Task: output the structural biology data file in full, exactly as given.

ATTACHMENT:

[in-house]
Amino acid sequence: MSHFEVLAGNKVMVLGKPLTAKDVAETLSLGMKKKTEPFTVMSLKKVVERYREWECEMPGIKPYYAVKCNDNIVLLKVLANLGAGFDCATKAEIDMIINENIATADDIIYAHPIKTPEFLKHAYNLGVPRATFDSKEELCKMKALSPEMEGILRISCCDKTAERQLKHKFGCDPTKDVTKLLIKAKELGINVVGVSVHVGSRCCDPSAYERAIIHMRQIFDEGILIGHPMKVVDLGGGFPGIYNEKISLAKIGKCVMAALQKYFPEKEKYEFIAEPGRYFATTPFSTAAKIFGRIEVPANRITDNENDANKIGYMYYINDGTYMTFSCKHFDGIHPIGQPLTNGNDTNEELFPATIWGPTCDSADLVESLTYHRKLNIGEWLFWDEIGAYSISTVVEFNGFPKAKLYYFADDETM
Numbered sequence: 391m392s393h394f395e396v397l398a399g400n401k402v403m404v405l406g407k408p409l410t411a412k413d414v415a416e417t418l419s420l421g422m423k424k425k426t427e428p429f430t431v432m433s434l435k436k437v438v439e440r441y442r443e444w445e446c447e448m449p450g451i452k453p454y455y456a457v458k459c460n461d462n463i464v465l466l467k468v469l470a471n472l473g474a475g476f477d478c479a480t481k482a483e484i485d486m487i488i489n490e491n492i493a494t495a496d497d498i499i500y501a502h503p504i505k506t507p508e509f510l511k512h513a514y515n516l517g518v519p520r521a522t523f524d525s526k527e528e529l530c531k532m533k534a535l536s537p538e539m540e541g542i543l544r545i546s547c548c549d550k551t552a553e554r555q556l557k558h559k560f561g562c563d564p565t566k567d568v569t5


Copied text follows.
[in-house]
Amino acid sequence: MSHFEVLAGNKVMVLGKPLTAKDVAETLSLGMKKKTEPFTVMSLKKVVERYREWECEMPGIKPYYAVKCNDNIVLLKVLANLGAGFDCATKAEIDMIINENIATADDIIYAHPIKTPEFLKHAYNLGVPRATFDSKEELCKMKALSPEMEGILRISCCDKTAERQLKHKFGCDPTKDVTKLLIKAKELGINVVGVSVHVGSRCCDPSAYERAIIHMRQIFDEGILIGHPMKVVDLGGGFPGIYNEKISLAKIGKCVMAALQKYFPEKEKYEFIAEPGRYFATTPFSTAAKIFGRIEVPANRITDNENDANKIGYMYYINDGTYMTFSCKHFDGIHPIGQPLTNGNDTNEELFPATIWGPTCDSADLVESLTYHRKLNIGEWLFWDEIGAYSISTVVEFNGFPKAKLYYFADDETM
Numbered sequence: 391m392s393h394f395e396v397l398a399g400n401k402v403m404v405l406g407k408p409l410t411a412k413d414v415a416e417t418l419s420l421g422m423k424k425k426t427e428p429f430t431v432m433s434l435k436k437v438v439e440r441y442r443e444w445e446c447e448m449p450g451i452k453p454y455y456a457v458k459c460n461d462n463i464v465l466l467k468v469l470a471n472l473g474a475g476f477d478c479a480t481k482a483e484i485d486m487i488i489n490e491n492i493a494t495a496d497d498i499i500y501a502h503p504i505k506t507p508e509f510l511k512h513a514y515n516l517g518v519p520r521a522t523f524d525s526k527e528e529l530c531k532m533k534a535l536s537p538e539m540e541g542i543l544r545i546s547c548c549d550k551t552a553e554r555q556l557k558h559k560f561g562c563d564p565t566k567d568v569t5